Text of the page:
SOURCE: Simon Cockerell at http://www.nkzone.org (1-31-07)
The film, narrated by Christian Slater, had its world premiere at the Pusan film festival in South Korea late last year and the 5 screenings at Sundance were the first chance for an American audience to see it, any NKzoners passing through or near Berlin in February can see the film at the Berlin Film Festival.
In addition to 'Crossing the Line' another film featuring NK was on show at the festival, 'Comrades in Dreams', a documentary on cinema projectionists around the world was in Utah also
The producers of the film appeared on CBS' 60 Minutes last sunday, Richardson has a post on it already over at DPRKstudies.org
Below is a review of 'Crossing the Line'....
SOURCE: Gregory Elich at the website of Japan Focus (1-31-07)
The film opens on the streets of Baghdad, just days before the war. Daily life appears ordinary on the surface, but this is belied by an underlying tension as Iraqis express their thoughts on the impending assault.
It is not long before bombs and missiles are raining down on Baghdad, and the violence is all the more shocking for the scenes of normality that preceded it. In contrast to the sanitized images the Western public has been fed, this documentary takes an unflinching view of the war. Homes are destroyed, civilians are torn apart by bombs, and blood is spattered everywhere. A man opens a shed, pointing to the bodies within, and bitterly comments, "So these are the weapons of mass destruction." As flies swarm over the bodies, he asks, "Are they weapons of mass destruction? Is it a biochemical weapon? Why?"
U.S. tanks and vehicles enter Baghdad, and a spunky young woman confronts the soldiers by demanding, "How many children have you killed today?" This woman, who was a member of the Human Shields, tells the soldiers that she was there as a peacemaker. One soldier insists that they are the peacemakers, and in disbelief the woman responds, "You're a peacemaker? When you kill these innocent children? That's a peacemaker? Have you been to the hospitals? Have you actually had a look at the people in the hospitals, dying and dead?"...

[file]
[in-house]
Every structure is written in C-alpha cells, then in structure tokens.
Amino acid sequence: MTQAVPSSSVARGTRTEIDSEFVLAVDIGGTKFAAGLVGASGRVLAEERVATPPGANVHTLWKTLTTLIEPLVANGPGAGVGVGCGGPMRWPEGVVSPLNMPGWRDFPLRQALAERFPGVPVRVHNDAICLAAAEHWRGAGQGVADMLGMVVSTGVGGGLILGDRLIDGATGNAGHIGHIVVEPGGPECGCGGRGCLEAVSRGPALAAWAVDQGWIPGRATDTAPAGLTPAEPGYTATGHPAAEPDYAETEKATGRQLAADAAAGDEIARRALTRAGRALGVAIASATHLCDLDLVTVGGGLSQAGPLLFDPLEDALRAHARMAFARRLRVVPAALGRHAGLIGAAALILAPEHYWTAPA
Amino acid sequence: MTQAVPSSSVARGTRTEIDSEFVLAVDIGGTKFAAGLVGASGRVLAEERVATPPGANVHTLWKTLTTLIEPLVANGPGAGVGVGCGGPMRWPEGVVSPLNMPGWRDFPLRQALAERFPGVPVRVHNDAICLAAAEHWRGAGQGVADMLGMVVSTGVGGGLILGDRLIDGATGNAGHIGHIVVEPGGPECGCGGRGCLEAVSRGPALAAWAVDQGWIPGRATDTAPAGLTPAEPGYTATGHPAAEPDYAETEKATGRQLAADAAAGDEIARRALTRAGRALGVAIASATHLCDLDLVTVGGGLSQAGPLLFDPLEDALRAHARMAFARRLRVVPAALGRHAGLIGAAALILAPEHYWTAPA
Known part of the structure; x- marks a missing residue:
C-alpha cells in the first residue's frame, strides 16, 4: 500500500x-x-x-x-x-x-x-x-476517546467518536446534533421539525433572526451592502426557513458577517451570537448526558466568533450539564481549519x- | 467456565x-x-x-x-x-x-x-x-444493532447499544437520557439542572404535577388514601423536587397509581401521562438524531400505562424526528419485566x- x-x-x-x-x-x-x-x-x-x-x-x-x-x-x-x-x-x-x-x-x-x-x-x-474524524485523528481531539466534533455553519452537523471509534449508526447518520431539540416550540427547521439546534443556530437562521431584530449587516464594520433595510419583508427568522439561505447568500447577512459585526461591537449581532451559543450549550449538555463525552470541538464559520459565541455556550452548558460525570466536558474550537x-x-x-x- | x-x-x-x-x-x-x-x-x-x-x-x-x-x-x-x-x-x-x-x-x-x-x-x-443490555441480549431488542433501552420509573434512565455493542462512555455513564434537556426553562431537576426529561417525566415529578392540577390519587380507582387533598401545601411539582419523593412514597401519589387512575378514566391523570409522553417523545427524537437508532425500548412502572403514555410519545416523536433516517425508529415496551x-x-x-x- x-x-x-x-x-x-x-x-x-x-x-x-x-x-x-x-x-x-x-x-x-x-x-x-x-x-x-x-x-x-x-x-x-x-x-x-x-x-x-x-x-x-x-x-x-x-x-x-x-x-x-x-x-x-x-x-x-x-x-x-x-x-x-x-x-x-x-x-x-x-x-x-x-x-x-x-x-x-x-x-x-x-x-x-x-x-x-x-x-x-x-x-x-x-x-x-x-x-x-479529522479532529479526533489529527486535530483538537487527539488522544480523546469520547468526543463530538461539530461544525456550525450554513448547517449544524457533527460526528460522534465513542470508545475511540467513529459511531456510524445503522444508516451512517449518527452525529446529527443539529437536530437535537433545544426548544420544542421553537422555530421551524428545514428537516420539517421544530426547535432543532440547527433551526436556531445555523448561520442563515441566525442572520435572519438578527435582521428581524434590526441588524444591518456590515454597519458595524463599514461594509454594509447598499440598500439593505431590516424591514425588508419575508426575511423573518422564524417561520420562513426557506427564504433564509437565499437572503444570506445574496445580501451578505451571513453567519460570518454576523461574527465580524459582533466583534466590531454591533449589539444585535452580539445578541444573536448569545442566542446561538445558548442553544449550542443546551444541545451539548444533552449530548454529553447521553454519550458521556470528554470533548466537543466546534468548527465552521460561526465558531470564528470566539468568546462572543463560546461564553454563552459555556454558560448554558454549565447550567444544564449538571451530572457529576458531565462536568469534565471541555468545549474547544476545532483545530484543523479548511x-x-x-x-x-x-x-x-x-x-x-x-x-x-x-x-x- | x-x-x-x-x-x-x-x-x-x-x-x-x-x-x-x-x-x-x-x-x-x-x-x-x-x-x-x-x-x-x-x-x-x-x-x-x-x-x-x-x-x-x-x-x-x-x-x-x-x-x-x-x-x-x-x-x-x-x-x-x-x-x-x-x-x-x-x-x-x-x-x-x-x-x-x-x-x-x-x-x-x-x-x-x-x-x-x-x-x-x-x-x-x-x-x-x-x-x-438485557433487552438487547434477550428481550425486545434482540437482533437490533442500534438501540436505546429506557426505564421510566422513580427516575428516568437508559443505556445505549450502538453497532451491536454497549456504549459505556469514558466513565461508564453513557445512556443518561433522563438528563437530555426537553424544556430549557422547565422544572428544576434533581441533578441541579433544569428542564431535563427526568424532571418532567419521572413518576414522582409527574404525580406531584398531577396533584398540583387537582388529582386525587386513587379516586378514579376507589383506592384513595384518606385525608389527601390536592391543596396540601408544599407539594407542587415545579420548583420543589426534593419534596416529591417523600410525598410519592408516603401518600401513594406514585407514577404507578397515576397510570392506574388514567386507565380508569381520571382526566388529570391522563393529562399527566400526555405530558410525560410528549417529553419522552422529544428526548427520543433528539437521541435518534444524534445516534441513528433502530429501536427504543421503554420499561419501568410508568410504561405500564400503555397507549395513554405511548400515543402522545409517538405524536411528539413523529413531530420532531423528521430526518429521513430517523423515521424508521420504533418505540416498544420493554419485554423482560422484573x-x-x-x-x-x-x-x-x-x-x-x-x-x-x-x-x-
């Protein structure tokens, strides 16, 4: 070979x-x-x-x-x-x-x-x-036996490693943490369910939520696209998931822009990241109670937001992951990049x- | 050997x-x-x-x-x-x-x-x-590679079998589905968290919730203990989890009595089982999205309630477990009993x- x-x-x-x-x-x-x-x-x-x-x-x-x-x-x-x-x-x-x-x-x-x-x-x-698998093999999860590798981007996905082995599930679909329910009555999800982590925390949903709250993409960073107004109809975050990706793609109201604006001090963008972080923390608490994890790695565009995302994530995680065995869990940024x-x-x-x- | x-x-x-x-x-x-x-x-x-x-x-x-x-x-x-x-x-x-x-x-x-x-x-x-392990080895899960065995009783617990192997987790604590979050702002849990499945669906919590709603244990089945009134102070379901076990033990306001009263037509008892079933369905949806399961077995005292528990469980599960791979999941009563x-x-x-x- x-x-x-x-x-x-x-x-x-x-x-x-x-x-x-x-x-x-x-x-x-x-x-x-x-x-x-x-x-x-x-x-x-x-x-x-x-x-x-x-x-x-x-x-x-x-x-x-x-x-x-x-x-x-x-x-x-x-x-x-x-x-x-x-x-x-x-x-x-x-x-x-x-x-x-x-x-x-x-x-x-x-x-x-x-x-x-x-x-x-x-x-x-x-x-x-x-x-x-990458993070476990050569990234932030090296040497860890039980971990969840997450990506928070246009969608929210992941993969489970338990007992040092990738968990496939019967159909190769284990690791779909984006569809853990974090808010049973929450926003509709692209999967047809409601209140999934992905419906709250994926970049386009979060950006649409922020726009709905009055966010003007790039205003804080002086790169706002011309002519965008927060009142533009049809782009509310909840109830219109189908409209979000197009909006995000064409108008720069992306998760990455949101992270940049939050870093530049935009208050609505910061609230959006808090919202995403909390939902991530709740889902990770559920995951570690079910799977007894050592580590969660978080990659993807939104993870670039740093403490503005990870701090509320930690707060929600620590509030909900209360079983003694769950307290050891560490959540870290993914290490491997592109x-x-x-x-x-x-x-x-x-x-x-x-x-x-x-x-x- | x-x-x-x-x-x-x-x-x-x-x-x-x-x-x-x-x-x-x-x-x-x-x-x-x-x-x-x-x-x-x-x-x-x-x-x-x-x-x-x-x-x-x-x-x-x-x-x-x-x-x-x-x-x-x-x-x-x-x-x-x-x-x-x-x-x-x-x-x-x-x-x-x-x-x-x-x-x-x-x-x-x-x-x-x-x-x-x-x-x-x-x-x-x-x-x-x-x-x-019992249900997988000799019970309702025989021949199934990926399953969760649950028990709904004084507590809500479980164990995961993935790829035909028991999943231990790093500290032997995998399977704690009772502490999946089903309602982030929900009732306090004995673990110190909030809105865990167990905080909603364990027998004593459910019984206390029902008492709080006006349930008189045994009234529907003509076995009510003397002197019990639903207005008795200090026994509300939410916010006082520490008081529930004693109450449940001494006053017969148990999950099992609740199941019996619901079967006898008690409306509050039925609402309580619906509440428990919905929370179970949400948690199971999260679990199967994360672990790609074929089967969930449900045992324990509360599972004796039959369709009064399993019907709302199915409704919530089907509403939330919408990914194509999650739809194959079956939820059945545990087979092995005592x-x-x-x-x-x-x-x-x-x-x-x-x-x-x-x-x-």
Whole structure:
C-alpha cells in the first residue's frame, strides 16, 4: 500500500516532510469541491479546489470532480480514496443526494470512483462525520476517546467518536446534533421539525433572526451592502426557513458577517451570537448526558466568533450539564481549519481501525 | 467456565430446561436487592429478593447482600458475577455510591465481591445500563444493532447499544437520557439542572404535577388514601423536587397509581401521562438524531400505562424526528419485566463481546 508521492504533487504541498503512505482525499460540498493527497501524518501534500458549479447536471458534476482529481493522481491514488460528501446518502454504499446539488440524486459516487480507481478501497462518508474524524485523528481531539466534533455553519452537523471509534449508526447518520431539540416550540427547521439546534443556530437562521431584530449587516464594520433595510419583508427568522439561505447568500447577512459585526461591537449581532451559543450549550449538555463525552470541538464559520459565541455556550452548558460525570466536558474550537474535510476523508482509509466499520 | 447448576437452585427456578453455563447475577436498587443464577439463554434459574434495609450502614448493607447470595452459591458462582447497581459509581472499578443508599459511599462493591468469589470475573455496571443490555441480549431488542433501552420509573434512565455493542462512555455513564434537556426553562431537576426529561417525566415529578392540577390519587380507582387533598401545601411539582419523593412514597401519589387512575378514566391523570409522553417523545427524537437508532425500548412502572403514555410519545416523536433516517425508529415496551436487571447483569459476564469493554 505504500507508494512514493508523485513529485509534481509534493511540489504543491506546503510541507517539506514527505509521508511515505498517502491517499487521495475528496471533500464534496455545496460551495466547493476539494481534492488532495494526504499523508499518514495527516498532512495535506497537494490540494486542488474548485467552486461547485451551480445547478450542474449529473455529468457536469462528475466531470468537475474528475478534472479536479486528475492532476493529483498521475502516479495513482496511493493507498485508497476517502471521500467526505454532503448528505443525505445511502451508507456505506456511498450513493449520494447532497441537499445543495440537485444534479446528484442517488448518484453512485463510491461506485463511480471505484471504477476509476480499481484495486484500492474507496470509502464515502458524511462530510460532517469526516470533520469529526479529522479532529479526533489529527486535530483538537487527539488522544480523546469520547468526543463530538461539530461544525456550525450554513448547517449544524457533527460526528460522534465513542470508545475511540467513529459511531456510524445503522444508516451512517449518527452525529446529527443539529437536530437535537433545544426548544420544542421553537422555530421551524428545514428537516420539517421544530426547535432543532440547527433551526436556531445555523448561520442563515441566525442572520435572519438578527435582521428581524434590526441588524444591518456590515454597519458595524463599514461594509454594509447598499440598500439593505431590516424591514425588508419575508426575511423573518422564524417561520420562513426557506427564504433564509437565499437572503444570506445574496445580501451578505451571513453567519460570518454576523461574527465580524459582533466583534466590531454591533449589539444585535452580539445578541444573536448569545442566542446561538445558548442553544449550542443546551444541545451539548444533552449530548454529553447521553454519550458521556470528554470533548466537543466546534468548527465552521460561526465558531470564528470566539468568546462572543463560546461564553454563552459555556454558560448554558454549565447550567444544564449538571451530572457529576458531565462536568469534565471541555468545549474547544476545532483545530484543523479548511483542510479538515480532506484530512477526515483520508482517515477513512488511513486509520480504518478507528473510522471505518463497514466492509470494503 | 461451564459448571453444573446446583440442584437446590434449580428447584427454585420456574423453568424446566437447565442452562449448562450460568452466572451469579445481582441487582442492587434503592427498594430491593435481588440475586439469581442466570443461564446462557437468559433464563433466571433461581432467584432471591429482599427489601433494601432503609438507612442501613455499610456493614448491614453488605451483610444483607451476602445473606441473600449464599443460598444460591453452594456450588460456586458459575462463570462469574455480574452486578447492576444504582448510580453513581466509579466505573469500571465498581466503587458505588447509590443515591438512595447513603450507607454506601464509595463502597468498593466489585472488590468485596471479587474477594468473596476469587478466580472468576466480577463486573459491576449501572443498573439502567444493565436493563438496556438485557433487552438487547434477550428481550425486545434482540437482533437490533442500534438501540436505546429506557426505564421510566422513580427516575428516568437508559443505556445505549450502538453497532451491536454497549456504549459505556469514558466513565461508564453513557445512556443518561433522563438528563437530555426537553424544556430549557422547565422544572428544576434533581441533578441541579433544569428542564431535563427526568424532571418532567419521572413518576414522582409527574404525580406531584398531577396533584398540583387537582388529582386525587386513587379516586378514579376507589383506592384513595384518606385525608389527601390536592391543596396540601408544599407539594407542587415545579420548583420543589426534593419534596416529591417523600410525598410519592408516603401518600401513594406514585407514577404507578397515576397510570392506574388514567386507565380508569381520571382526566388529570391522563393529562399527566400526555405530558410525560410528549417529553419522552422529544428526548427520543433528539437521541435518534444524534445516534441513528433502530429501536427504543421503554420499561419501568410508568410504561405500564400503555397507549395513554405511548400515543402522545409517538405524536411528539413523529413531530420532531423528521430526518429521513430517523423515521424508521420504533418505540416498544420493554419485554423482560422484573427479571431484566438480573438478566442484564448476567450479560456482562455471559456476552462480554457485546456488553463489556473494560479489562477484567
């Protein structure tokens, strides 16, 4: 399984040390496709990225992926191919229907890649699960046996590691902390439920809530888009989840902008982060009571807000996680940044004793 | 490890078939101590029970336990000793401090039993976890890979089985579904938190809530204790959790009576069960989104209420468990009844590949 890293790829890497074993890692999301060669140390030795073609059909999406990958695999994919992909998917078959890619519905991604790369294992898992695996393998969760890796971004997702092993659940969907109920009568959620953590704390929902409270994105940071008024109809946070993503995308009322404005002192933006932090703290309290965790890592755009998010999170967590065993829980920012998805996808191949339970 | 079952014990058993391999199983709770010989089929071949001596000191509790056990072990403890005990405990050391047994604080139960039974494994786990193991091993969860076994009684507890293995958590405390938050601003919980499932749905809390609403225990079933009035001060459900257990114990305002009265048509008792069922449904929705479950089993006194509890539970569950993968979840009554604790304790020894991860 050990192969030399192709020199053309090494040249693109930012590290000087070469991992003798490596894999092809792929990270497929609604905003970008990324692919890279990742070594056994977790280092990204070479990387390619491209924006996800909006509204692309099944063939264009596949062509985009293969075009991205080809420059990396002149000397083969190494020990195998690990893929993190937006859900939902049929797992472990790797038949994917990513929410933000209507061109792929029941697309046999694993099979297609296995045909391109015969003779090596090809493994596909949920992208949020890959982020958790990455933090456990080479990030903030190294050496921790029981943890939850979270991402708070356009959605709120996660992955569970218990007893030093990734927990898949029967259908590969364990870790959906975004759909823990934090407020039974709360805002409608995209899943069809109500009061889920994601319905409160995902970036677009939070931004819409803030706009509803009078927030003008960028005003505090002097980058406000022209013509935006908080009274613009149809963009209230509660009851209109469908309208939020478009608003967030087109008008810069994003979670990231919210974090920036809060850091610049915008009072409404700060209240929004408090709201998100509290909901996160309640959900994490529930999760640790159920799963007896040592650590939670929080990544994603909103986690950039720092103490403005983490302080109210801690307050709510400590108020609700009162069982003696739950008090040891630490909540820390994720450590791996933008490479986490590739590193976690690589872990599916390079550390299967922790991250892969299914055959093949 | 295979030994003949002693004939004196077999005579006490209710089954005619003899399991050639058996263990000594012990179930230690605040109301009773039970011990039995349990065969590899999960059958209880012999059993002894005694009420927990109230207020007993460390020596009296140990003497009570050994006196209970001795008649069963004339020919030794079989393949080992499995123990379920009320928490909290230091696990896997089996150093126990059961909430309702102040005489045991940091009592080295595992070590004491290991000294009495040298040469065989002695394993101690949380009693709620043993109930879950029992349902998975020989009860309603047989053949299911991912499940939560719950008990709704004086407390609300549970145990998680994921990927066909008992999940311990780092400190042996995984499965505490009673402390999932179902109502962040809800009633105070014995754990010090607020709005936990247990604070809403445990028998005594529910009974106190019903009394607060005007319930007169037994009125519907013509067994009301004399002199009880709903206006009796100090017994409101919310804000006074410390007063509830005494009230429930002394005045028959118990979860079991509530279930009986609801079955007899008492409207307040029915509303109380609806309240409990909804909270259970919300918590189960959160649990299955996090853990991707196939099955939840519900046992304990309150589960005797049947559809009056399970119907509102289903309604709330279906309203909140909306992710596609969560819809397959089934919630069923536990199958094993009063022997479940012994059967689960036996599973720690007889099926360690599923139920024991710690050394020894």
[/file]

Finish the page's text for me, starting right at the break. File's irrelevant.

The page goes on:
SOURCE: NYT (1-29-07)
What this at least partly seems to suggest is that liberals do not sanctify their own with quite the same verve as their conservative counterparts. One of Mr. Friedman’s greatest rivals, the Harvard economist John Kenneth Galbraith, died about six months earlier, in April, and Americans have yet to bear witness to a similar pageantry.
Mr. Galbraith makes a brief appearance in “The Power of Choice: The Life and Ideas of Milton Friedman,” a documentary on PBS tonight, as the only detractor to Mr. Friedman’s free-market absolutism. The film is so unabashedly venerating — it would credit Mr. Friedman with inventing the Hubble Telescope if it could — that it ultimately does its subject a disservice, refusing the spirit of argument that was so obviously Mr. Friedman’s lifeblood.
SOURCE: NYT (1-30-07)
SOURCE: NYT (1-30-07)
The lure was the Spanish Civil War. In February 1936 Spanish voters elected, by a small plurality, a center-left coalition of Socialists, Communists, Republicans and Anarchists. Then in July, Gen. Francisco Franco led an uprising against the five-year-old Spanish Republic that plunged the country into civil war.